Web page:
‘The taste and aroma of meat cooked on a spit will help you snatch a final piece of summer’
There are flavours that simply can’t travel. They depend on the place that they come from: local ingredients and knowledge, the weather, even the water. Take Neapolitan pizza. You can find it all over the world — and some versions are very good indeed — yet it’s only in Naples that this simple dish becomes sublime. But even if it’s impossible to recreate some flavours at home, that’s no reason not to try. If you crave a taste or miss a place, the best cure is to head to the kitchen.
As we struggle to say goodbye to the sun, we have been thinking of Greece and gyros — meat that is cooked traditionally on a spit.
Greek cooking only really works in Greece, but we can still come close enough to the taste and aroma of gyros to snatch a final piece of summer.
We get good-quality pork and leave it in a potent salt rub of lemon, garlic, oregano and cumin. Those bold seasonings will mellow in the oven as they mix with the melting flesh and fat of the pork. Serve the dish with flatbread and yoghurt, wedges of lemon and a crunchy little salad. Cooking such a large cut means you can invite as many people as you like, in the friendly spirit of summer.
Leftovers will keep well in the fridge for two to three days: try pan-frying chunky slices until they’re nice and crisp. Alternatively, slice the meat as thinly as you can for a sandwich or salad, or dice it into small cubes and freeze it, so next time you make a soup or stew you add a little bit of richness.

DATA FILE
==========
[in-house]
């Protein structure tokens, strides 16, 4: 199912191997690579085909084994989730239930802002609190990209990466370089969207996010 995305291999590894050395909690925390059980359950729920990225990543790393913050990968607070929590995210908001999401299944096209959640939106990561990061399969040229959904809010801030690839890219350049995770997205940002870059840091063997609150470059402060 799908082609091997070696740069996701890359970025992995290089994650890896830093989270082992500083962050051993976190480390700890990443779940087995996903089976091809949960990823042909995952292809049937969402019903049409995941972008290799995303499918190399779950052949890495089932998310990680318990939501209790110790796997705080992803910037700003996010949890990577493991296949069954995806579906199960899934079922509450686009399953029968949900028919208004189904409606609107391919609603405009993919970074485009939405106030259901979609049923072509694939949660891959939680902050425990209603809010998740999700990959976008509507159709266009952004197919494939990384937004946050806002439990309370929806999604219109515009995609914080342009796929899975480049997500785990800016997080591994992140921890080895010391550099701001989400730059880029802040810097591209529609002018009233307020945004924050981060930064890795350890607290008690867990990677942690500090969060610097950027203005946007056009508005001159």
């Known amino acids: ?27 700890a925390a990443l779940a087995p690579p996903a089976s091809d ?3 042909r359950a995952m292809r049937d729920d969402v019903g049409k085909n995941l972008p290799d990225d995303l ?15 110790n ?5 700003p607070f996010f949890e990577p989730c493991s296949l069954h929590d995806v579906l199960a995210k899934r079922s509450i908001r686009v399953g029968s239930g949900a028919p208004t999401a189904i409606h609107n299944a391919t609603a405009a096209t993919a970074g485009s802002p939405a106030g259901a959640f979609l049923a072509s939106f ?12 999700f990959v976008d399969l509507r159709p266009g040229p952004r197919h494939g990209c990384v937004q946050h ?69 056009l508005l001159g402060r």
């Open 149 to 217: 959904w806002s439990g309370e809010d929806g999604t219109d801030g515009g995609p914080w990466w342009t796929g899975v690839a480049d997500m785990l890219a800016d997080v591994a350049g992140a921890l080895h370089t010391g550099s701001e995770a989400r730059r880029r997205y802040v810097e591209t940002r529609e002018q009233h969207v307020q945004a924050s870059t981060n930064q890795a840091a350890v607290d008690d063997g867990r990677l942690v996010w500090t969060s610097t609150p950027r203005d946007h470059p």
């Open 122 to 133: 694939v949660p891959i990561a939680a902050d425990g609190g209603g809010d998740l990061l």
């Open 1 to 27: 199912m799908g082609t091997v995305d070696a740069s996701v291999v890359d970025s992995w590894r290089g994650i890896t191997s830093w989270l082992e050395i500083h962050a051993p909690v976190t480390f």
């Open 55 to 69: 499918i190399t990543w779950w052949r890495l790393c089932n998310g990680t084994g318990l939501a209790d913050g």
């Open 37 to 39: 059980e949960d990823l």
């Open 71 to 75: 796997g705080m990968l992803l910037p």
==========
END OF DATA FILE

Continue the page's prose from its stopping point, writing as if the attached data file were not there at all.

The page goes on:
Pork belly with oregano, lemon and garlic
A feast for eight to 10 people — for the best results, you should start the day before
3 kg piece of pork belly with the bones left in
4 tbs Maldon sea salt 10g dry oregano (try to get your hands on a wild bunch)
10g lemon zest (from 2 lemons)
1 tbs whole cumin seeds, very roughly crushed
10g garlic, peeled and minced
2 lemons (the ones you zested), sliced thickly
2 large onions, unpeeled and cut into wedges
- Mix the salt with the oregano, lemon zest, cumin and minced garlic.
- Stab the skin all over with the tip of a sharp knife to help it crisp. (You could also ask your butcher to score the skin.)
- Use three of the lemon slices to rub the pork all over; then sprinkle with the salt rub. It seems like a lot but this is a large chunk of meat and the rub is the only seasoning it will get. Wrap it well and place in the fridge for at least six hours and up to 24 hours.
- When you are ready to roast, heat your oven to 220C (fan assist). Put the remaining lemon slices and the onion wedges in a large roasting tray and place the pork on top. Place in the oven and roast for 35 minutes until the skin starts to crisp.
- Remove from the oven carefully. Add a litre of water to the roasting tin, reduce the heat to 200C and return the tray for a further 30 minutes. Remove and baste the pork all over with the juices at the bottom of the roasting tin. Return to the oven for a further 30 minutes. Remove again and baste. Reduce to 180C for a further 30 minutes. Remove and baste again. Reduce the temperature to 160C and make sure there is just enough liquid to baste again. It should now be thick and flavourful — if it is becoming too dry, add a little more water and return for another 30 minutes.
- By this time, the pork will have been in the oven for about two and a half hours. Check if it’s soft enough by cutting off a piece and trying it. You may need a final 30 minutes to soften it through. Carefully remove from the oven. Use a large knife to slice into thick slices and serve with some of the cooking liquid.